Birds to Record

The link “Which Birds to Report” takes you to a pdf list of species and their status in Argyll.

Which Birds to Report

It may be useful to consult the file “The Red List in Argyll” which gives information on the conservation status of bird species at a UK, Scottish and Argyll level. It is useful to appreciate that national trends are not necessarily reflected at a local level. For example, there is no evidence to suggest that skylark numbers have declined in Argyll whereas they have in England. Similarly, cuckoo is apparently still doing well in Argyll, again in contrast to the story in England. To view The Red List in Argyll click on the following link

The Red List in Argyll

Bird Record Form – Argyll Bird Club

When submitting records, sightings should be listed in species order used in the Argyll Bird Report and should include the following details:

Your name and address.
Species name. The commonly used English name is usually sufficient, but scientific (Latin) name is helpful if reporting sub-species.
Date. Please give exact date whenever possible (rather than “June” or “Spring”) as this makes the record much more valuable and enables us to relate it to other records received. There are two boxes for dates. If you are just entering a record for a single date, use just the first box. If you want to record a first and last date (e.g. for rare bird records) enter a different date in each box.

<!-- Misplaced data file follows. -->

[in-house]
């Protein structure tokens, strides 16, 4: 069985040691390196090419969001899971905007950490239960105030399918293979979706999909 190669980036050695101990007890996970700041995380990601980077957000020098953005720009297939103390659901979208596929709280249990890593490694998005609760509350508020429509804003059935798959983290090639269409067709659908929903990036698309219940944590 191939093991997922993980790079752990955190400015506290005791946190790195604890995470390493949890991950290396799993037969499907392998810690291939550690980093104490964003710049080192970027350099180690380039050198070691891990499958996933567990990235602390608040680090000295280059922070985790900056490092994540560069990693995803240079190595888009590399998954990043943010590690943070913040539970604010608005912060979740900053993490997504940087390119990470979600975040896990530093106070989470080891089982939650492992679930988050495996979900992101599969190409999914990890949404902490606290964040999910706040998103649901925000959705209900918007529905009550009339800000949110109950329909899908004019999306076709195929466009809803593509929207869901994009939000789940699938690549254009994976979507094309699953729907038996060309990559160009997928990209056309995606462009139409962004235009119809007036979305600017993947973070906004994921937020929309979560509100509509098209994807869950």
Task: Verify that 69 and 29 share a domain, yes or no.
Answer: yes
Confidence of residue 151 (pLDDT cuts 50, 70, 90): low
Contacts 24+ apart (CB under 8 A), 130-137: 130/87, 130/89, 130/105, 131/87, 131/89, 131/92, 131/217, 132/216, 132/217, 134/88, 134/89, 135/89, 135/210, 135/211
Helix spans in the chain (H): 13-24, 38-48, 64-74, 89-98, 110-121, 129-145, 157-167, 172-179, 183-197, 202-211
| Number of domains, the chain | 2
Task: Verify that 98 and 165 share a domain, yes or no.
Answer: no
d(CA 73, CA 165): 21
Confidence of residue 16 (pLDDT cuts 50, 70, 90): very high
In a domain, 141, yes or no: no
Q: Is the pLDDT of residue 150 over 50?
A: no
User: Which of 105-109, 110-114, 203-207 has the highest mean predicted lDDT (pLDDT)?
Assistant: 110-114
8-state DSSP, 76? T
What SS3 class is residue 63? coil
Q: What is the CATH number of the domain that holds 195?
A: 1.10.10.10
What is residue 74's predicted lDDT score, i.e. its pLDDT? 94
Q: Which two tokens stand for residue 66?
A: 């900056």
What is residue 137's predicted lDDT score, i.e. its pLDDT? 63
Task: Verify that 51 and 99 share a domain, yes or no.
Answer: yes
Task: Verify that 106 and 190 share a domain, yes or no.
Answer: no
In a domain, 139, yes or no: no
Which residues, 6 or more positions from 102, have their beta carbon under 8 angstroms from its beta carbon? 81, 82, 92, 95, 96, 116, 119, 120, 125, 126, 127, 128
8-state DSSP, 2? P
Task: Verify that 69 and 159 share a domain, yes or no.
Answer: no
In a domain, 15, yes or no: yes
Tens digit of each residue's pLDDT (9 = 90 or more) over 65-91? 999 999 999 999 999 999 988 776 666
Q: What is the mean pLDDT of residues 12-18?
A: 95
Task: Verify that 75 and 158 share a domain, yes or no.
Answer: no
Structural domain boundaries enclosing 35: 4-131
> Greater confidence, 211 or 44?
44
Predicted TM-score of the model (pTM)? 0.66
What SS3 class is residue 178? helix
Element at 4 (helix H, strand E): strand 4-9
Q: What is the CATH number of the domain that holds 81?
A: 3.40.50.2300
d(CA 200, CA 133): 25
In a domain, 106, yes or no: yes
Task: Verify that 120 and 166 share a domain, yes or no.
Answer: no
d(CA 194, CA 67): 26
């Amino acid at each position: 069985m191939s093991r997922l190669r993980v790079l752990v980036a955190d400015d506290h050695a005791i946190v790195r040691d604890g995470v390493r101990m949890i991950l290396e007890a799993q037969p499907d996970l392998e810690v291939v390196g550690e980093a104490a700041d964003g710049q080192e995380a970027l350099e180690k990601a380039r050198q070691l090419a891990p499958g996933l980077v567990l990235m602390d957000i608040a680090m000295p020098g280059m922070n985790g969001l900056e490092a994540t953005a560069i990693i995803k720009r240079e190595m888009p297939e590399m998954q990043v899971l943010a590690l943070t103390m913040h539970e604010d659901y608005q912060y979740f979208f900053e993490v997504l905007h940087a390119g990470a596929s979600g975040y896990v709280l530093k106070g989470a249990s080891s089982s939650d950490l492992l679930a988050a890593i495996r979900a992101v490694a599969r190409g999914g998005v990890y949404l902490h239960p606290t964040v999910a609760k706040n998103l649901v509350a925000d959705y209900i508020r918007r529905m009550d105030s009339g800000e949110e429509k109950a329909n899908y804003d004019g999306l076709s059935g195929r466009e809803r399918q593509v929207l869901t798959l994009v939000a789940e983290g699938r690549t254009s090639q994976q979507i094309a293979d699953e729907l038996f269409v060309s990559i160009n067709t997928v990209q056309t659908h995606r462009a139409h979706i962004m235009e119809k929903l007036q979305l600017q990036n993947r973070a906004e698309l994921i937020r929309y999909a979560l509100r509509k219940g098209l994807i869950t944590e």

Enter date in the form e.g. 11/01/2009 for 11th Jan 2008.
Grid reference, if known. If you know the four figure grid ref enter it here e.g. NR9695 (if you know it the six figure grid ref. can be useful in some cases but please enter this in the Comments box).
Location name.Used in conjunction with the above to avoid ambiguity (e.g. there are umpteen Loch Dubhs in Argyll) but mistakes can also occur with grid refs!
Number of individuals. Precise number whenever possible or, failing this, an estimate. Even a rough estimate is more useful than “many”, “large flock”, “several” or “few”, which are too subjective to have much value.
Breeding Status. If you have any evidence of breeding, even for very common species, please enter it here. Please use the 2007-11 Atlas breeding codes if you know them.
Sex and age if known. This is especially useful for “white winged” gulls e.g. 1st winter Iceland Gull
Comments. Other interesting comments are always welcome e.g. indications of breeding, behaviour, food, interactions with other birds/animals etc. Individual anecdotes add value to what can otherwise be rather a “dry” report.